“Death can be confronting, which means almost 40 per cent of Australians die without having a will,” he says. “This can put a lot of stress on loved ones. By taking a more humorous and positive approach we’re hoping to change people’s avoidance behaviours.”

Good To Go Adshel

Remember when newspapers had influence?

The anti-immigration genie is out of the bottle in this federal election campaign and it seems nothing can stop it.

There was a time in Australian politics – albeit a brief time between the end of the White Australia policy and the advent of Pauline Hanson – when the major parties, by and large, avoided exploiting anti-immigration sentiment for political gain.

The kind of political gambit we’ve seen from Peter Dutton this week – in which he warned about the costs of “illiterate” and “innumerate” refugees to the Australian community – once would have earned the ire of the likes of The Australian. Times have changed, with key moments including the Tampa crisis, Labor’s flip-flopping over strategy, and Tony Abbott’s simple but effective “stop the boats” mantra.

But back in 1990, Liberal leader Andrew Peacock was dealt what was believed to be a devastating blow by The Australian’s Paul Kelly (who’s still on board Rupert’s flagship paper), for a much gentler jibe at immigrants.

In the lead-up to election day, Peacock, trying to dislodge formidable PM Bob Hawke, expressed fears that the MFP concept (yes, that one) would lead to an Asian “enclave” being established in Australia.

In a front-page takedown under the heading, “Peacock: A Danger in The Lodge”, Kelly wrote: “Mr Peacock has stooped to exploit immigration fears and anti Japanese sentiment in a way which suggests that Australia’s national interests are best preserved by keeping Mr Peacock in opposition.”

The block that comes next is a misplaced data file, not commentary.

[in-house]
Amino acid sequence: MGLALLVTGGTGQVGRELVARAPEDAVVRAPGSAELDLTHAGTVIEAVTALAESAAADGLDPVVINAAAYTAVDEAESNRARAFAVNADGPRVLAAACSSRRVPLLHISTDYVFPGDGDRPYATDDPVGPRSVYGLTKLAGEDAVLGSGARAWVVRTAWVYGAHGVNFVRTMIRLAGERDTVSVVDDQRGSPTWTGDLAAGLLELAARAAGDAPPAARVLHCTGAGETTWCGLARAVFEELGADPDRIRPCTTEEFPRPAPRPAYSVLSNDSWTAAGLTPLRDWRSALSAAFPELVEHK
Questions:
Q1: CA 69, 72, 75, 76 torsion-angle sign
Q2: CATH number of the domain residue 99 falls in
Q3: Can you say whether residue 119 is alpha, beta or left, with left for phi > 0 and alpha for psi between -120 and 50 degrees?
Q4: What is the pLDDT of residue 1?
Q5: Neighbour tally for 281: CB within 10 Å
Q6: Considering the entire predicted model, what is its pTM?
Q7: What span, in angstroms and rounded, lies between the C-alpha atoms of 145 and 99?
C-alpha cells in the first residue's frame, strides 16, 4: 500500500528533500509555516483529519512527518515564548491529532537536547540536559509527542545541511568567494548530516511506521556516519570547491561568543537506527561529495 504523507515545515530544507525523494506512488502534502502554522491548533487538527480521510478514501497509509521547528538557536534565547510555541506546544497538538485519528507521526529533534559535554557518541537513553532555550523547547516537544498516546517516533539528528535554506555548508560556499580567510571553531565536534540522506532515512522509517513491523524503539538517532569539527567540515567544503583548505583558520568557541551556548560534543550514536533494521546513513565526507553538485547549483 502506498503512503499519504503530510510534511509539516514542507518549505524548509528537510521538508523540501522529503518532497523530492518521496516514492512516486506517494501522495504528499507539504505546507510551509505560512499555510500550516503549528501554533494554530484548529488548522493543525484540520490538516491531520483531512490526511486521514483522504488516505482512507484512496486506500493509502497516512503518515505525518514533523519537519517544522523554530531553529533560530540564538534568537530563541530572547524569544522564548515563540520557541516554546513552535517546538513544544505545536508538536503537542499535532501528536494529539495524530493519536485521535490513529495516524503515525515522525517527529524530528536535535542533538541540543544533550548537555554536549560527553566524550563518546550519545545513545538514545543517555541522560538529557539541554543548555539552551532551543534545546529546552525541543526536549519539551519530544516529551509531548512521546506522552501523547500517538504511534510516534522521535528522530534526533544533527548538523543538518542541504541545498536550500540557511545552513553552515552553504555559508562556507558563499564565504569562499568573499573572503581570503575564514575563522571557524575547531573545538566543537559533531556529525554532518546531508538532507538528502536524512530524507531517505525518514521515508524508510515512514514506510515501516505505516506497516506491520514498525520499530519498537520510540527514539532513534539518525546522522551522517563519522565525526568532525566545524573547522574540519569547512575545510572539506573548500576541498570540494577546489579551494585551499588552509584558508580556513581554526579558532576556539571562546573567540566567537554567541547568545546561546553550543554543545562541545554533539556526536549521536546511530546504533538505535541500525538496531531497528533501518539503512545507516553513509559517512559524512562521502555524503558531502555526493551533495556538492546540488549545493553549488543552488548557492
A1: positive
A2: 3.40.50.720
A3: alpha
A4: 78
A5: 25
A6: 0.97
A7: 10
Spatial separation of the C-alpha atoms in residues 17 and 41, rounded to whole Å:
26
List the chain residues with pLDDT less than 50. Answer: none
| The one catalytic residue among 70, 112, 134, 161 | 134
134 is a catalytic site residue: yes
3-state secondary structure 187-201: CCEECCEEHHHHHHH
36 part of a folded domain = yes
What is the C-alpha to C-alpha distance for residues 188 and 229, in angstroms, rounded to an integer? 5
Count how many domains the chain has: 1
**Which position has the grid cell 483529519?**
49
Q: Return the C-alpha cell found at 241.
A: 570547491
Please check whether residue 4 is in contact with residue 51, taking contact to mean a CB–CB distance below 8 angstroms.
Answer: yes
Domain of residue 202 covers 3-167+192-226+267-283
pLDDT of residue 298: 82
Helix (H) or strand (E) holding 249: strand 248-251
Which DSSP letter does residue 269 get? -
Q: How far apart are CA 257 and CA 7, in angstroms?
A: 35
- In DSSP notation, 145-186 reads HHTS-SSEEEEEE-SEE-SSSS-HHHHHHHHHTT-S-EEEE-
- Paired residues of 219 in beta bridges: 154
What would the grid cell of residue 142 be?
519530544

A furious Peacock later confronted Kelly at the National Press Club, threatening: “I’ll get you after the election. I’ll deal with you in another forum, you bastard, because I don’t deal with cowards.”

In a piece in The Fifth Estate, published 12 years ago by RMIT Journalism, veteran journalist Max Suich noted that it’s hard to believe now that a comment piece in a newspaper on this issue could have damaged a leader’s campaign.

“The curious fact is that as opinion becomes both noisier and ubiquitous its influence declines,” he said.

You can read Suich’s analysis here – it still holds up.

Naughty corner

The Advertiser’s campaign about Adelaide’s burst water mains continues, this time with a cardboard cut-out of water minister Ian Hunter being schlepped around to incidents. As we reported last week, the number of breaks this year isn’t remarkable compared to previous years.

It’s a stunt, of course, but to what end beyond embarrassing Hunter? Of course, the minister would be wasting his time if he visited each of the 3000-4000 breaks that happen in the system each year. His time would be better used working out how to improve SA Water’s response times, and assessing the balance between spending on repairs and upgrading infrastructure.

Pity the NSW water minister if the local tabloid decides to go down a similar route. Sydney Water publishes a real-time map of breaks, leaks and other incidents in the system. Below is a screenshot of just a section of metropolitan Sydney this morning.

Screen Shot 2016-05-20 at 7.27.10 am

Top of the class

Last year’s news that the National Geographic Society would be taken over completely by the Murdoch media empire attracted widespread concern, and some outrage. But the story is much more fine-grained than has been presented, as this excellent long read from Bloomberg shows. It examines forensically how it happened, why the Society agreed, and how the different personalities of the Murdoch family impacted on it.

Media Week is published on Fridays.